Should be available in a week or so, here is the Amazon link to order the paperback version.

Posted on March 24, 2007 11:55 AM View this article | Comments (0)
Posted to Author: Pielke Jr., R. | The Honest Broker

February 14, 2007

Words of Wisdom in The Daily Camera

There is an excellent letter to the editor in today's Daily Camera (our local newspaper) by Robert Davis, who comments favorably in reaction to a recent op-ed by Chris Mooney and Alan Sokal. Mr. Davis wisely distinguishes advice as policy analysis, and underscores the importance of honest brokers of policy alternatives. Here is Mr. Davis' letter in full:

Your editorial pages for Feb. 11 contained an abundance of thoughtful and relevant writing. In particular, the piece by Mooney and Sokal offers a welcome defense of science as evidence-based reasoning that deserves protection from ideologues ("Taking the spin out of science," Feb. 11).

As a policy analyst who worked as a civil servant in the office of one of the president`s cabinet secretaries through three administrations, I would offer the caution that scientists themselves can become ideologues and need to be reminded of their roles in the decision-making apparatus of a government.

Effective and helpful policy analysis for the head of an agency includes laying out all of the alternatives for addressing a particular problem and exploring the consequences of each alternative. It is in this phase that scientists make their most valuable contribution.

In the case of global warming, we need desperately to know the consequences of the actions we might take. I include costs as one of the consequences, and, of course, probabilities must be addressed, because, in any policy-making, certainty is the rarest of commodities.

Scientists are least helpful when they try to short-cut the policy analysis by prescribing what we must do. At this point, they stop being scientists and the most visible among them become pontificating celebrities. Any government has an obligation to keep its scientists from making fools of themselves, but it is a fine line to hoe.

Certainly, we want the opinions of scientists at the appropriate point in the process of making policy. Without judging the Bush administration or its critics, I would maintain that we have a right to expect that scientists be held to the rules of rational, effective and disciplined policy analysis.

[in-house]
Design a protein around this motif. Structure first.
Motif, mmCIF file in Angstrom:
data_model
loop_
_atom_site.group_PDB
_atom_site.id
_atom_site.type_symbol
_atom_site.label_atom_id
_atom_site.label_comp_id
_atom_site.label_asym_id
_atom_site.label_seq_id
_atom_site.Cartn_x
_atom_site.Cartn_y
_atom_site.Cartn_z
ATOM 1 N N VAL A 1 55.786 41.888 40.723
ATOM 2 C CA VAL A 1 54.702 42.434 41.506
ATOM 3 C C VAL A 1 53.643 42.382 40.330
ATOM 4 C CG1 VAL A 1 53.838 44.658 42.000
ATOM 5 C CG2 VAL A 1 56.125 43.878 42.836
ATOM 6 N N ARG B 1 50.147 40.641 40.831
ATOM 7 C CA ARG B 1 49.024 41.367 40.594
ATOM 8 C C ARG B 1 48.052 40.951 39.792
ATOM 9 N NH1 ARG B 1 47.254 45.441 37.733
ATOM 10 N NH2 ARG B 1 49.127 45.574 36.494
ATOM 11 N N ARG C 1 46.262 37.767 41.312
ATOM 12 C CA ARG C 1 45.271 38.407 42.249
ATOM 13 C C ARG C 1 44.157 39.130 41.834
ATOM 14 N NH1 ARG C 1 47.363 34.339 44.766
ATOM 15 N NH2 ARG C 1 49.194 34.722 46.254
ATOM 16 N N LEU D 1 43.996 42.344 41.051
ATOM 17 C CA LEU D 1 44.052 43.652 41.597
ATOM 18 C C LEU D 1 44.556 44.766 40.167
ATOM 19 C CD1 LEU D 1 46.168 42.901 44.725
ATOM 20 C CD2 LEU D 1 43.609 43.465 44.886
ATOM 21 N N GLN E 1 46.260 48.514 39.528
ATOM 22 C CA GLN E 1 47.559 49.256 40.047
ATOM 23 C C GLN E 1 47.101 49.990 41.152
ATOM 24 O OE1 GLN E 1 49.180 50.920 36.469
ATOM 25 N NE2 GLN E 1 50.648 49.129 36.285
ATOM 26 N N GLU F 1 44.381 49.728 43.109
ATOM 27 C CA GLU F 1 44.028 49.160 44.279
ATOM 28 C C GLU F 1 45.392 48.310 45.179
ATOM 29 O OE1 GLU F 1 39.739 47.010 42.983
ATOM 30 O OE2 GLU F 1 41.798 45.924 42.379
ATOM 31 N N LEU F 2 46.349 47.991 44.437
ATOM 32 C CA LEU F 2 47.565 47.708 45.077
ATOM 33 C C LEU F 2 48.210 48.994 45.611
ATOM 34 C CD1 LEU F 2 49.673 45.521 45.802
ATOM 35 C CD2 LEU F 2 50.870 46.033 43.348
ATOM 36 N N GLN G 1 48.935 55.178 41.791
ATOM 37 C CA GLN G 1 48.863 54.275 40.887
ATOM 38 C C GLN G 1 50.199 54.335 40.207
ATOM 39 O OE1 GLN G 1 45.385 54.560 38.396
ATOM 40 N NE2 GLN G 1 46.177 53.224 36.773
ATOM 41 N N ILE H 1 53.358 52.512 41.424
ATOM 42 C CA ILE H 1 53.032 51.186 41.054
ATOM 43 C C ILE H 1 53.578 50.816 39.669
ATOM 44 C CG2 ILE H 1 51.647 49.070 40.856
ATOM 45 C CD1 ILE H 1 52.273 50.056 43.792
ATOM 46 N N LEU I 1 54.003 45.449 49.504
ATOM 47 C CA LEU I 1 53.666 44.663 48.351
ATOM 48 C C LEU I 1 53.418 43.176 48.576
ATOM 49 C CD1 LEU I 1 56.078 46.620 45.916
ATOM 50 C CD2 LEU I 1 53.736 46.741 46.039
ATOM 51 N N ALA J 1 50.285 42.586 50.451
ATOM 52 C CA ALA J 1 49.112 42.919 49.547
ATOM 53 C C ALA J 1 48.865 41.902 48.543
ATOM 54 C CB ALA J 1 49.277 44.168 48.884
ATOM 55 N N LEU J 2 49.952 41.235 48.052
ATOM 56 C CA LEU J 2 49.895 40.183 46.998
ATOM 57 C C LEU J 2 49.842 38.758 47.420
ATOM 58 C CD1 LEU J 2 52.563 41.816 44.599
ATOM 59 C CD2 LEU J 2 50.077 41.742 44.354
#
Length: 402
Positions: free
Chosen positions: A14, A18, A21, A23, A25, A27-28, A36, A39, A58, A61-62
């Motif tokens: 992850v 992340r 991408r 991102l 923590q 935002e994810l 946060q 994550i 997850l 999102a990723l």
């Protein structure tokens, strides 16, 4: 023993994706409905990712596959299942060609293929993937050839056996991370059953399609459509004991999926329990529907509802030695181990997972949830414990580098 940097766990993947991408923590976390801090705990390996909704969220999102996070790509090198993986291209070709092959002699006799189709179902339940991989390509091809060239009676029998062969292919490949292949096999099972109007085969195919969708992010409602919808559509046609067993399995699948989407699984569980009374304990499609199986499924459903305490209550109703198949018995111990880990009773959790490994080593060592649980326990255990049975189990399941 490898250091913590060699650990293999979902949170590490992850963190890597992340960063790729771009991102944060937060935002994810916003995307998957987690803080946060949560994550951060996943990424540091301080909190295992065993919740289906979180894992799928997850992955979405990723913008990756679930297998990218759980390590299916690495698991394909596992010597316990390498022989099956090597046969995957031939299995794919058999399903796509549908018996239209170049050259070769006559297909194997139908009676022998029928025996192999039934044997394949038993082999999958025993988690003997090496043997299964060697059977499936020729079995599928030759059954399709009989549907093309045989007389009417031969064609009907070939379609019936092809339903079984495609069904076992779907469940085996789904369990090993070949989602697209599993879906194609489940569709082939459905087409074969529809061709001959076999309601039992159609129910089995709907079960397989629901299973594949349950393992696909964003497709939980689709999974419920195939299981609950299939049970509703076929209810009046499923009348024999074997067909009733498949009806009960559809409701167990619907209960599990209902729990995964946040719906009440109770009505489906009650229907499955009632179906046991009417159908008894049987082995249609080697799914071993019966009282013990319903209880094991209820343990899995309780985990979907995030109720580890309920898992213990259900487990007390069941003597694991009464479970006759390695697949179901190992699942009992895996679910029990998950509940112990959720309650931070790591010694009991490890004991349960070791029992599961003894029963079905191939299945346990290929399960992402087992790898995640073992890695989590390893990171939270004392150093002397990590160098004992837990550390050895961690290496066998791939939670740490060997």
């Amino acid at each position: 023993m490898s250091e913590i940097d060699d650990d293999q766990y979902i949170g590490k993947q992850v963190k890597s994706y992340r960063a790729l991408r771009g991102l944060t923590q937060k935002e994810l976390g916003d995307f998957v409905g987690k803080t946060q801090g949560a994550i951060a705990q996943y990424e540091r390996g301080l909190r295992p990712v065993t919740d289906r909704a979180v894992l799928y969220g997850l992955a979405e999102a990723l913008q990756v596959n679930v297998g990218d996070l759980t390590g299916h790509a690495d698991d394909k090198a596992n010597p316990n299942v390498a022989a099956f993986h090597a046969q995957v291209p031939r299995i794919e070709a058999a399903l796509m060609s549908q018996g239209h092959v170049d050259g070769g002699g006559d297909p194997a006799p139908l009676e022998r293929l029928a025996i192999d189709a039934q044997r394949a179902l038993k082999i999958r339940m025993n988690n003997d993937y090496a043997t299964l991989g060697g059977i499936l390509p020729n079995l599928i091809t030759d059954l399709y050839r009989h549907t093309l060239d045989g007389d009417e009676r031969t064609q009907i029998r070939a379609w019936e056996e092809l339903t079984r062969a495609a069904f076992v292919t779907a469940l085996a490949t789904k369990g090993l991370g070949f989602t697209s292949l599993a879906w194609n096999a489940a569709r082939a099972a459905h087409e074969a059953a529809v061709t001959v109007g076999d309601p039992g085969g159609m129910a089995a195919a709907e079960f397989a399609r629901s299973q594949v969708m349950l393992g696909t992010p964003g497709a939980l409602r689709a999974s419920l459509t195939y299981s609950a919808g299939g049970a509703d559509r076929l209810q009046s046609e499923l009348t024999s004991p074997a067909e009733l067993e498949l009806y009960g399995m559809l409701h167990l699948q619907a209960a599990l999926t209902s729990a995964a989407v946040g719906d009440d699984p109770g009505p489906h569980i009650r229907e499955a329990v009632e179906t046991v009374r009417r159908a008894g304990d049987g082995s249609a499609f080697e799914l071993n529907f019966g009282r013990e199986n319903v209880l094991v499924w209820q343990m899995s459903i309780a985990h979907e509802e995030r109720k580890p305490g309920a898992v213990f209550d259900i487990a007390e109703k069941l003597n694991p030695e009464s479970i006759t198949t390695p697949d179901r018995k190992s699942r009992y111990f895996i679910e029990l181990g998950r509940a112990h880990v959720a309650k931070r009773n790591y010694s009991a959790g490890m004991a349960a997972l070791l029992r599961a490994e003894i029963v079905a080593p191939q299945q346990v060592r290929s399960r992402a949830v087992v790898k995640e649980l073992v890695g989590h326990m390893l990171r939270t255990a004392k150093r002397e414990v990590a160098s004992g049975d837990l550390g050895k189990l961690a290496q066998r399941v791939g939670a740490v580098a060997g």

Posted on February 14, 2007 12:32 PM View this article | Comments (2)
Posted to Author: Pielke Jr., R. | The Honest Broker

February 11, 2007

The Honest Broker

The Honest Broker is soon going to the printer with Cambridge University Press. Amazon has the cover up, here it is:


If you are qualified (an editor, in the media, a popular blogger, etc.) and you would like a review copy, please email me at with your details and I will add you to the list I am sending to CUP. Others can pre-order the book here and here. Thanks!

Posted on February 11, 2007 11:54 AM View this article | Comments (0)
Posted to Author: Pielke Jr., R. | The Honest Broker

February 01, 2007

Does the Truth Matter?

Here are seven paragraphs from the conclusion to Alan Mazur’s excellent book True Warnings and False Alarms: Evaluating Fears about the Health Risks of Technology, 1948-1971 (Resources for the Future, 2004, pp. 107-109, buy a copy here)-- the concluding subsection is titled "Does the Truth Matter?" .

Mazur distinguishes between a "knowledge model" and a "politics model" for understanding public debates involving science. These distinctions are somewhat (but not entirely) related to the concepts of the "linear model" and "interest group pluralism" that I discuss in my forthcoming book, which is really about how to reconcile the fact that there are elements of both models in the reality of decision making. Neither of Mazur’s models accurately describes how the world works, we need both. Some of the more useful debates and discussions following my testimony his week reflected a paradigm clash between those who view the world through the lens pf the "knowledge model" and those – like me – who accept that the "politics model" also reflects some fundamental realities as well. Here is the excerpt:

In a democracy, the people or their representatives are free to spend public money as they see fit. Interest groups compete to channel funding to their favorite causes. If U.S. society chooses to allot far more money to cleaning up toxic waste sites, which harm few people, than to prevent teenagers from smoking, which creates an enormous health burden, that is our privilege as a nation.

Still, many risk analysts are disturbed when we fail to maximize the number of lives save per dollar of risk remediation. They point out that actions taken by government to avoid the consequences of an alleged hazard are often unrelated to the severity or scientific validity of the hazard (EPA 1982; Breyer 1993; Graham and Wiener 1995; Mazur 1998). The inference is that policy should be better aligned with science, and that irrational or inefficient elements of policymaking should be eliminated (but see Mazur 1995 and Driesen 2001 for limitations on this positions).

Yet public policy does not always flow directly from scientific knowledge. A value-laden subject decision is always involved, one that requires weighing pros and cons, costs and benefits, winners and losers. A wise policy choice for one party with certain interest may not be the wisest choice for a party with different interests. These considerations raise a question: does scientific evaluation of a warning matter at all?